Kristin Dearborn’s 2024 novel Faith of Dawn is an unpredictable roller coaster that mixes crime drama with science fiction and fantasy elements and a good dose of horror to give us something we’ve never seen before and never knew we needed: a Bigfoot thriller destined to become a cult classic.

Faith of Dawn comes with a litany of content warnings, not the least of which are dead infants, sexual assault, and underage sex workers. And the book definitely delivers what it promises. However, at no point does it feel gratuitous or gimmicky and even the parts that may make readers more than a bit uncomfortable feel important to the narrative. More importantly, they feel real, which can’t be easy to do in a book where Bigfoot-type creatures play a huge role.


Amanda Lane, a US Army vet and victim of chronic PTSD nightmares is, at times, an unlikeable protagonist. She’s in her head too much, obsessing over her estranged husband. She looks down on the people of her hometown, seeing them as hicks and hillbillies. She sees everything in terms of black-and-white, good or bad, as though she’s still in Afghanistan. And that’s what makes her such a brilliant character. She’s deeply flawed, which makes her feel more relatable and more human. Lane is also very much a female character written by a woman for women in that her looks aren’t mentioned much, other than to say she isn’t particularly glamorous or beautiful. Instead, she is described in terms of her strength, her resilience, and her overall badassness. She is a fully realized character with fears and goals of her own which makes you root for her all the more, even when she’s at her most self-pitying or erratic.

Furthermore, all of the characters in Faith of Dawn feel well-rounded. They all have a clear purpose in furthering the plot, whether it’s the strict but nurturing leader of Mabscott’s church, Ma, or the tragic teenage sex worker Misty. Everyone is a little bit unlikeable and they all fall into familiar tropes on some level or other (such as the somewhat incompetent Sheriff’s Deputy or the washed-up porn star), but it adds to the world Dearborn has built in this novel and makes readers feel like all of these characters could be someone from their own hometown. We are meant to love and hate these characters somewhat simultaneously and it just works.

The book clips along at a fair pace, taking us effortlessly from Lane’s investigation of the missing girls to the girls themselves and the horrors they’re forced to endure. We go from Boston to the podunk Florida town of Mabscott with its rundown trailer parks and dingy bars, to the bayou, to the Waco-esque compound that houses Ma’s odd new-age church.  The urgency of Lane’s investigation is never lost on us, but Dearborn takes the time to paint a colorful picture of life in Mabscott and its seedy underbelly of sex work, crime, and corruption. And while the book has elements of the fantastical and the horrific, it manages to never feel absurd or forced.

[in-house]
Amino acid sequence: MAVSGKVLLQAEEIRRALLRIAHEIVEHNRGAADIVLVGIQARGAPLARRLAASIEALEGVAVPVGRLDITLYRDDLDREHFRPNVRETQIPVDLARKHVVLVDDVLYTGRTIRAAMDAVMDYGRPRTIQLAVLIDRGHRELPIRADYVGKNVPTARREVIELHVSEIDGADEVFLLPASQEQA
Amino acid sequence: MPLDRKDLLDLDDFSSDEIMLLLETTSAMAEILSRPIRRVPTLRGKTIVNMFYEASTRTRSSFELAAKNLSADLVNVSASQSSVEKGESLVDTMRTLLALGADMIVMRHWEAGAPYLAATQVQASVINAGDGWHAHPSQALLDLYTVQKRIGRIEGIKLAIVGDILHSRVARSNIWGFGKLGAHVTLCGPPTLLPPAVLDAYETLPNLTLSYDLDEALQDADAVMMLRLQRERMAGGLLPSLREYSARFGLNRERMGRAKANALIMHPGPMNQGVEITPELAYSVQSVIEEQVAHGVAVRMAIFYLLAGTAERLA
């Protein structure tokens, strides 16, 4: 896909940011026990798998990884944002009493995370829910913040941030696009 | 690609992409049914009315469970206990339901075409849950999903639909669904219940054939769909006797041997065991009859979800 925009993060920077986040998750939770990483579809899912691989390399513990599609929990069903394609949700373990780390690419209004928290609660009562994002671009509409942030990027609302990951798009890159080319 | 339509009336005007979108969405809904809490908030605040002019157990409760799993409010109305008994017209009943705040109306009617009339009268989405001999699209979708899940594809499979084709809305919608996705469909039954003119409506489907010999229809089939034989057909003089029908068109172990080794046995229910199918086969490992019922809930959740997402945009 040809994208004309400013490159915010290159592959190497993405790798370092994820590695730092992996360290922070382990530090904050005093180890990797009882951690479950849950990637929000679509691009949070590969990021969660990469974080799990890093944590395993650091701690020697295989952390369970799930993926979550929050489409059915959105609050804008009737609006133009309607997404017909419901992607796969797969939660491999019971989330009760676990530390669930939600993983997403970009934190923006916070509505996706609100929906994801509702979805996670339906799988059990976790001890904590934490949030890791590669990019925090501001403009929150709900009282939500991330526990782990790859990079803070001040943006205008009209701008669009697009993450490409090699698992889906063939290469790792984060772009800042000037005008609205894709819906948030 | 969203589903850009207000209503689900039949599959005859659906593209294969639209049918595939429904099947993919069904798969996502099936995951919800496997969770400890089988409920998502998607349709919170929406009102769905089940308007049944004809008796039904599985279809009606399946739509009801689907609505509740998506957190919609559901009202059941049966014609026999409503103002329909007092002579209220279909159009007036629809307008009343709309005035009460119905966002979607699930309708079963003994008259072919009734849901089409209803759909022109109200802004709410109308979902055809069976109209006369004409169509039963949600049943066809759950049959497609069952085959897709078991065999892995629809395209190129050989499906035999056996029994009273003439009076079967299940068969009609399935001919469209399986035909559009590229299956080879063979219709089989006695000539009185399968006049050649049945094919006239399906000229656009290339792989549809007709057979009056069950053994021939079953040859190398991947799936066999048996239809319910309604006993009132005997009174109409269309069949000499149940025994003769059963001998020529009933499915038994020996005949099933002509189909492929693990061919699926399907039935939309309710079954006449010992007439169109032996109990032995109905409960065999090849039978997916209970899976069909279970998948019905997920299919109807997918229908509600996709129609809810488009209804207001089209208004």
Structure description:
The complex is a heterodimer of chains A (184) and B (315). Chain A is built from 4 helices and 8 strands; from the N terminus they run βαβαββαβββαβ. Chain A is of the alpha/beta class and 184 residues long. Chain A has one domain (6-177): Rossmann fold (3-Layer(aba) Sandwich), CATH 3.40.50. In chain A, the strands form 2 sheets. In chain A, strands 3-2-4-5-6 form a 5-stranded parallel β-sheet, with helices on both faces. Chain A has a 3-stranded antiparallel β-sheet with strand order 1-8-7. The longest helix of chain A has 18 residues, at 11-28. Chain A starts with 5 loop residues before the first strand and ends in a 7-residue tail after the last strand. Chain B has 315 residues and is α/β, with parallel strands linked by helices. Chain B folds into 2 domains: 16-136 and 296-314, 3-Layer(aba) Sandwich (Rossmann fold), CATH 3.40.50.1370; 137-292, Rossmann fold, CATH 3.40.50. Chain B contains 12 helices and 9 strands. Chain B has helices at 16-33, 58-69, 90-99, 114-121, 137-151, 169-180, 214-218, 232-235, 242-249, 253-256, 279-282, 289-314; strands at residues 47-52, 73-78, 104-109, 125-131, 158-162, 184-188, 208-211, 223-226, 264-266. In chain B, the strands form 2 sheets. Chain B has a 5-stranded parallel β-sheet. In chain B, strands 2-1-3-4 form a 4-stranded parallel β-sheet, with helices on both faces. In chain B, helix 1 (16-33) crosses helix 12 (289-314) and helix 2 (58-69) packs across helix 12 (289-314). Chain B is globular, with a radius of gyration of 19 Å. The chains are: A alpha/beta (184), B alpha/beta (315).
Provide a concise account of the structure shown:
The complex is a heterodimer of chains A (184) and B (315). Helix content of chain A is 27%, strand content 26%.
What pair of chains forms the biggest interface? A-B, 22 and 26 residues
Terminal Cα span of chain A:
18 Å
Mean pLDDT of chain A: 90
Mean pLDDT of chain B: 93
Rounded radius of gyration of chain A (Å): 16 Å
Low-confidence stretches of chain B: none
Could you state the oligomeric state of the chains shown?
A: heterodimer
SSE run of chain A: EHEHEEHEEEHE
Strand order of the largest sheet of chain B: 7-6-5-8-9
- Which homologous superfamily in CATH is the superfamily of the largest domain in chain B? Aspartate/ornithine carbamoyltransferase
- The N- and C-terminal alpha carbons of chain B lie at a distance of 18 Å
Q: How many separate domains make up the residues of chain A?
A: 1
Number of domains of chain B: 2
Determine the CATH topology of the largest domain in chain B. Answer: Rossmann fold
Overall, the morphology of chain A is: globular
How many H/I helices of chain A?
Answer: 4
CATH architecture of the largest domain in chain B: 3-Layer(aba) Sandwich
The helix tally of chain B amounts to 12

While Faith of Dawn is undeniably a dark and chilling tale, it is also a story of hope and resilience. As Amanda Lane confronts the horrors that lie beneath the surface of her hometown, she discovers a strength she never knew she possessed and ultimately finds herself and her freedom in the most unexpected of places. Her cynical black-and-white thinking is challenged by the young but jaded Misty who proves herself a valuable ally in a town where no one is on Lane’s side and together the two challenge the small-town mentality that threatens to swallow up Mabscott and, perhaps, the world as they know it. As much as it is a story of horror and crime, Faith of Dawn is also a story of personal growth and redemption.


In conclusion, Kristin Dearborn’s Faith of Dawn is a gripping and thought-provoking read that will appeal to fans of supernatural fiction and psychological horror alike. With its atmospheric prose, compelling characters, and spine-tingling plot twists, it is sure to leave a lasting impression on all who dare to enter its dark and mysterious world.

Faith of Dawn is available to Preorder from Cemetery Dance’s website here (Released Feb 16th)

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